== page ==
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# Pure function

In computer programming, a pure function is a function that has the following properties:[1][2]

1. the function return values are identical for identical arguments (no variation with local static variables, non-local variables, mutable reference arguments or input streams, i.e., referential transparency), and
2. the function has no side effects (no mutation of local static variables, non-local variables, mutable reference arguments or input/output streams).

## Examples

### Pure functions

The following examples of C++ functions are pure:

• `floor`, returning the floor of a number;
• `max`, returning the maximum of two values.
• the function f, defined as
```void f() {
static std::atomic<unsigned int> x = 0;
++x;
}
```
The value of `x` can be only observed inside other invocations of `f()`, and as `f()` does not communicate the value of `x` to its environment, it is indistinguishable from function `void f() {}` that does nothing. Note that `x` is `std::atomic` so that modifications from multiple threads executing `f()` concurrently do not result in a data race, which has undefined behavior in C and C++.

### Impure functions

The following C++ functions are impure as they lack the above property 1:

• because of return value variation with a static variable
```int f() {
static int x = 0;
++x;
return x;
}
```
• because of return value variation with a non-local variable
```int f() {
return x;
}
```
For the same reason, e.g. the C++ library function `sin()` is not pure, since its result depends on the IEEE rounding mode which can be changed at runtime.
• because of return value variation with a mutable reference argument
```int f(int* x) {
return *x;
}
```
• because of return value variation with an input stream
```int f() {
int x = 0;
std::cin >> x;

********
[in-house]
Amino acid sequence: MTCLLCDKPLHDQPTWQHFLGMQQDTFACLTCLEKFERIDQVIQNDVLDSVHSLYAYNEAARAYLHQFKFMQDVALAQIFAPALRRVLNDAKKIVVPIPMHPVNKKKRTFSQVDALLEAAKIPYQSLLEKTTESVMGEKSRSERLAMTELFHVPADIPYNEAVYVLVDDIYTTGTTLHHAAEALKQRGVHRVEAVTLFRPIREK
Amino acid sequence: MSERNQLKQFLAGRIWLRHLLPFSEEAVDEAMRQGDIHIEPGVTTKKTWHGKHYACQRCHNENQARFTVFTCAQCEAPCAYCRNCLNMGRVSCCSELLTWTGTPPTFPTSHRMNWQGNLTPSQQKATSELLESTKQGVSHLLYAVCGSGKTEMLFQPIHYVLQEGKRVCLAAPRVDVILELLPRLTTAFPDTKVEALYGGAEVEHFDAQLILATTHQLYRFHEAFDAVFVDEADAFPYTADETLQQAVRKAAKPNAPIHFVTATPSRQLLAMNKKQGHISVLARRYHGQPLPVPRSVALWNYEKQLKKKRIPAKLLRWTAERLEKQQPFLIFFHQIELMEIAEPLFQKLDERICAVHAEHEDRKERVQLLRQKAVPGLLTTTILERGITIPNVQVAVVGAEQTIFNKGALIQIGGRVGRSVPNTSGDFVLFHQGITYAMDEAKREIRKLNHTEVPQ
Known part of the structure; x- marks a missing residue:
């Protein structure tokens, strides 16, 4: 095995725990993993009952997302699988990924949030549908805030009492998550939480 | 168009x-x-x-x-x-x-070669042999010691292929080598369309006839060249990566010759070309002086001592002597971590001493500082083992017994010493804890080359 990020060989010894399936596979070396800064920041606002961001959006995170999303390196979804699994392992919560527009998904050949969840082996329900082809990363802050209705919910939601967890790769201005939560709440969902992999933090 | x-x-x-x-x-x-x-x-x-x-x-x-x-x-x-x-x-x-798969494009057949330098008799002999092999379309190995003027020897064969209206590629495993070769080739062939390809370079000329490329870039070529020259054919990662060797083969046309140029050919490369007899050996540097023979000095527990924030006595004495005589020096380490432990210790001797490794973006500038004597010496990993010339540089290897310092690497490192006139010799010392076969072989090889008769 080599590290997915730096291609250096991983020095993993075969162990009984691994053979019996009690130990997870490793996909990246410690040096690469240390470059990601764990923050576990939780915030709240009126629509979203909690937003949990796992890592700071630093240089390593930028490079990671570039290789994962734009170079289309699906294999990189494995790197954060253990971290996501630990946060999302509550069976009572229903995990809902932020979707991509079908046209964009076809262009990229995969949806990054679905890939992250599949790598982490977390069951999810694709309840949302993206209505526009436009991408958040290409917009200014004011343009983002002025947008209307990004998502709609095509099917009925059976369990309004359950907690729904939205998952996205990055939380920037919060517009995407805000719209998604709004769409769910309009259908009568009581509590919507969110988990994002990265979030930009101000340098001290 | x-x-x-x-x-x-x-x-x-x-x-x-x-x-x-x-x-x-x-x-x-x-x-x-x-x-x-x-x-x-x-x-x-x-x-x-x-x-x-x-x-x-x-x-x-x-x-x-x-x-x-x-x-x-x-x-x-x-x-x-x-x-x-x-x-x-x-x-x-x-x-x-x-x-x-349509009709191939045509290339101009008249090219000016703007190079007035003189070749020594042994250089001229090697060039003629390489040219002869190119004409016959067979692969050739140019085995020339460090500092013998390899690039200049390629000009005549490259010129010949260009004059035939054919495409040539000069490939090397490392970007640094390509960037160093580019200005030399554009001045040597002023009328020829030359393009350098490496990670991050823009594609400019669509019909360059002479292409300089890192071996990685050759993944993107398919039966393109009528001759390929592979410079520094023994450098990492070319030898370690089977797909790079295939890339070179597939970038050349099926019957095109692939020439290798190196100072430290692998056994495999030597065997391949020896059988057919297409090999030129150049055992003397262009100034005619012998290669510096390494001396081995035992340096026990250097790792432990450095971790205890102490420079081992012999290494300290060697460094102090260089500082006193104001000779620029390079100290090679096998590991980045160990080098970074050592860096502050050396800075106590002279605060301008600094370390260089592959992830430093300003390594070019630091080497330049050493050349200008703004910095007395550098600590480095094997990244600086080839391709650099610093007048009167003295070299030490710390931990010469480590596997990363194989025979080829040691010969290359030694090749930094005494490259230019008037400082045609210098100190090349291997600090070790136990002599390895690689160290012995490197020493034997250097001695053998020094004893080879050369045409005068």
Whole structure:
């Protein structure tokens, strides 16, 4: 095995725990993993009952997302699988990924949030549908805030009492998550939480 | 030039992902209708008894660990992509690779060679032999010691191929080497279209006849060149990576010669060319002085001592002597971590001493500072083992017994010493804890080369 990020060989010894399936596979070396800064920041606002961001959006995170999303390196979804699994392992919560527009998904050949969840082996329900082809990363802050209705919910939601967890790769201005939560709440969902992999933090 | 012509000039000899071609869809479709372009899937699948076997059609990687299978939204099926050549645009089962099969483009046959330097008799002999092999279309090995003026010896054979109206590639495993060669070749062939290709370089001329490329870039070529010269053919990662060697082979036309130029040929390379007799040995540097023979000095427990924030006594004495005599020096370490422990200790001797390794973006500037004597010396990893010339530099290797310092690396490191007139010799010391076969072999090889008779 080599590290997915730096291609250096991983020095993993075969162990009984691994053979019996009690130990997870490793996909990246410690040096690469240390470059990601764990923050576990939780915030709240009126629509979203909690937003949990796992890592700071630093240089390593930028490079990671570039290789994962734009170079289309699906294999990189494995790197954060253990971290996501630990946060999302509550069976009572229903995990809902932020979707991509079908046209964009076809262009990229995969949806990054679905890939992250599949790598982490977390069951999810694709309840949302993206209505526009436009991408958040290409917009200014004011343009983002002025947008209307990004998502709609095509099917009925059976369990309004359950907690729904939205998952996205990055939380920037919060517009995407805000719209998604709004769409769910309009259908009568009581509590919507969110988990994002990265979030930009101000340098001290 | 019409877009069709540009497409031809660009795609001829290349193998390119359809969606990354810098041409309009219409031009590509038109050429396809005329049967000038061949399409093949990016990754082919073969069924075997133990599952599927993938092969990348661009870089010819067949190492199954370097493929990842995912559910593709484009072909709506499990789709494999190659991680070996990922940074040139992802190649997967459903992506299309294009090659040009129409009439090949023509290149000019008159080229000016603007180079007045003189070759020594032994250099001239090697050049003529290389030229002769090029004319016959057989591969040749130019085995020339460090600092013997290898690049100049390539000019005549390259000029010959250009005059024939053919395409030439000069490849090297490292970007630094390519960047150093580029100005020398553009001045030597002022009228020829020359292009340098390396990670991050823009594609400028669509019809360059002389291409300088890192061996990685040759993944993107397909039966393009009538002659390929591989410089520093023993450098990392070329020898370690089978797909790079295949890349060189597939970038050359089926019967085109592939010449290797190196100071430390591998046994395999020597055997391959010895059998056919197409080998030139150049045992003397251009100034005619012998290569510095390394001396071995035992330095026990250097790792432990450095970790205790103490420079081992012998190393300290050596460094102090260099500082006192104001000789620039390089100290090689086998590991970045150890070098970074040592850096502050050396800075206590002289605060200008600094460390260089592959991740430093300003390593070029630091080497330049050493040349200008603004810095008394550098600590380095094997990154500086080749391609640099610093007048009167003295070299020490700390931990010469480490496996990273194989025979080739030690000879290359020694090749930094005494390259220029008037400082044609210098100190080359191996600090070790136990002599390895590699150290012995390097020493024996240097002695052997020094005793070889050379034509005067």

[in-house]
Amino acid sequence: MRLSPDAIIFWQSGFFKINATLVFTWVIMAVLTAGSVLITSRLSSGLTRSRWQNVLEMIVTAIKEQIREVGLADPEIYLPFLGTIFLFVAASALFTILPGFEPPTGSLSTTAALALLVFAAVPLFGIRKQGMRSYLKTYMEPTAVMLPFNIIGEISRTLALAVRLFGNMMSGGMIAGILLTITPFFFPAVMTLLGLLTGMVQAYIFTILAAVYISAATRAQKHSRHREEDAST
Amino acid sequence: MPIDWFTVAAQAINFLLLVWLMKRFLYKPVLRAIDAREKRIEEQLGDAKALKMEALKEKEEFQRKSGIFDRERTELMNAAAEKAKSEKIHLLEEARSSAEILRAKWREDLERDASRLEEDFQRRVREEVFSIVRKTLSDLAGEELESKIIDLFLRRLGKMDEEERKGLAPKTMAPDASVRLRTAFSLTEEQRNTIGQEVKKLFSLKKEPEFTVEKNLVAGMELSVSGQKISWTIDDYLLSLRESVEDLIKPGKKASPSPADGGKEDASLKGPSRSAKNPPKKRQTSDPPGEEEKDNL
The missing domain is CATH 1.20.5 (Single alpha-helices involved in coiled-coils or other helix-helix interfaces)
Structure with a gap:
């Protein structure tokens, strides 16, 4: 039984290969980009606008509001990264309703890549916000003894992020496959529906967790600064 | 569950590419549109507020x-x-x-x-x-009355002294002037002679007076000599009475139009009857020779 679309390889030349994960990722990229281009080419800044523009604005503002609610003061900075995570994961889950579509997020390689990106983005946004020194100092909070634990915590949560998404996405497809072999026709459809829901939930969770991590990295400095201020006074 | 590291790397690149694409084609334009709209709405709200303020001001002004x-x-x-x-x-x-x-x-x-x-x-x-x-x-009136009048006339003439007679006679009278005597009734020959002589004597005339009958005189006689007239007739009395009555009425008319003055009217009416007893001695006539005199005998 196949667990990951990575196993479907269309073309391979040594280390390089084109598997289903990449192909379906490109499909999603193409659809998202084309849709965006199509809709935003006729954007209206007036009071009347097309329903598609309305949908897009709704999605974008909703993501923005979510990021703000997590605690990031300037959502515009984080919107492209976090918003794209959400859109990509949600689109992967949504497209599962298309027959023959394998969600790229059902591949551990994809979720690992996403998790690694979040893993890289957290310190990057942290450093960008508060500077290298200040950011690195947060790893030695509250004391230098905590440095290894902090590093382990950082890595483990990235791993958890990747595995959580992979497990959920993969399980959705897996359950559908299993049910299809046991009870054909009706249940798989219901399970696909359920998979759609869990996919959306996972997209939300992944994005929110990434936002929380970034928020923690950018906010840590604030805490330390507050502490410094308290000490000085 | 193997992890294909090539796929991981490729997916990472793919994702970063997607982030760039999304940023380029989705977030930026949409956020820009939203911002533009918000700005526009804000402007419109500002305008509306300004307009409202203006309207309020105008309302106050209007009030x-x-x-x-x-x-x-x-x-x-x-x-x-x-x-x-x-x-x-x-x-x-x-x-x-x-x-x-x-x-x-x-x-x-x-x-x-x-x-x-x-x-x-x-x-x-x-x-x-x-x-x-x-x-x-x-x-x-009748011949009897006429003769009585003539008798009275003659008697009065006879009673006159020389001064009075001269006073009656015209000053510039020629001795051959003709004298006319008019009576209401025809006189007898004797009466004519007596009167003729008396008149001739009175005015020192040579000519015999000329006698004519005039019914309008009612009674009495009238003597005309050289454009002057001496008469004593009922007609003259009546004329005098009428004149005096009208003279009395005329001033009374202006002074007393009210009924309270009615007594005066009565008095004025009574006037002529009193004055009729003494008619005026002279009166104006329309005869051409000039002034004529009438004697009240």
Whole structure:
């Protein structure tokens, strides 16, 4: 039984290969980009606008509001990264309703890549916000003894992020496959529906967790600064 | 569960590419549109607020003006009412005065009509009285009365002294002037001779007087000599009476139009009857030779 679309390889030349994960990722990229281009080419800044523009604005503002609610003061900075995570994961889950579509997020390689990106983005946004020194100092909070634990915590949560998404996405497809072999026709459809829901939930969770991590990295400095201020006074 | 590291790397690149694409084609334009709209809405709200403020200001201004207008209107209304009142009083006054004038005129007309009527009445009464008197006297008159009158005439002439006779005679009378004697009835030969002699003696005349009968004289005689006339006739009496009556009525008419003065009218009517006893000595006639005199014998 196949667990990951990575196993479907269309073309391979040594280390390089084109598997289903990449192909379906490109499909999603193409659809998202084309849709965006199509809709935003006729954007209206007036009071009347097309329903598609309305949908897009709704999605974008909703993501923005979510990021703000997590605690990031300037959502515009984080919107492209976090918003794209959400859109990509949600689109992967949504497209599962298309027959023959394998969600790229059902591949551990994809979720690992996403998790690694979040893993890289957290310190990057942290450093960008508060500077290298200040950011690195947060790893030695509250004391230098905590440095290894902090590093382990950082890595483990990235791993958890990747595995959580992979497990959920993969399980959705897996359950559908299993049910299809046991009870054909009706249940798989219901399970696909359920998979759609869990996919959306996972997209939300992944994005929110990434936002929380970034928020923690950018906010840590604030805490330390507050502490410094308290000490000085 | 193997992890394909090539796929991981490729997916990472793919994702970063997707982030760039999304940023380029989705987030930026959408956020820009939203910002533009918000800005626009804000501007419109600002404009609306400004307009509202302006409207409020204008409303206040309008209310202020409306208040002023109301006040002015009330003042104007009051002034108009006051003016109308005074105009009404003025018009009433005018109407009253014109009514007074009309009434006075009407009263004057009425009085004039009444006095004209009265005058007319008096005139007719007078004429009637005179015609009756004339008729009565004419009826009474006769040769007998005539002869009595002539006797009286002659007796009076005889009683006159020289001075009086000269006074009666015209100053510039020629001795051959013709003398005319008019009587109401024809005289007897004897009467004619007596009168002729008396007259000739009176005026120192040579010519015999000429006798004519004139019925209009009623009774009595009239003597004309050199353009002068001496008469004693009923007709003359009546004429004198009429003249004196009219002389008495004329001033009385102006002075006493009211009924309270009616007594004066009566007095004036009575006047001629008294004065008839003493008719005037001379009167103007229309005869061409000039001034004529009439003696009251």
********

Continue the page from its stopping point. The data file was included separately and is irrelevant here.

return x;
}
```

The following C++ functions are impure as they lack the above property 2:

• because of mutation of a local static variable
```void f() {
static int x = 0;
++x;
}
```
• because of mutation of a non-local variable
```void f() {
++x;
}
```
• because of mutation of a mutable reference argument
```void f(int* x) {
++*x;
}
```
• because of mutation of an output stream
```void f() {
std::cout << "Hello, world!" << std::endl;
}
```

The following C++ functions are impure as they lack both the above properties 1 and 2:

• because of return value variation with a local static variable and mutation of a local static variable
```int f() {
static int x = 0;
++x;
return x;
}
```
• because of return value variation with an input stream and mutation of an input stream
```int f() {
int x = 0;
std::cin >> x;
return x;
}
```

## I/O in pure functions

I/O is inherently impure: input operations undermine referential transparency, and output operations create side effects. Nevertheless, there is a sense in which a function can perform input or output and still be pure, if the sequence of operations on the relevant I/O devices is modeled explicitly as both an argument and a result, and I/O operations are taken to fail when the input sequence does not describe the operations actually taken since the program began execution.[clarification needed]

The second point ensures that the only sequence usable as an argument must change with each I/O action; the first allows different calls to an I/O-performing function to return different results on account of the sequence arguments having changed.[3][4]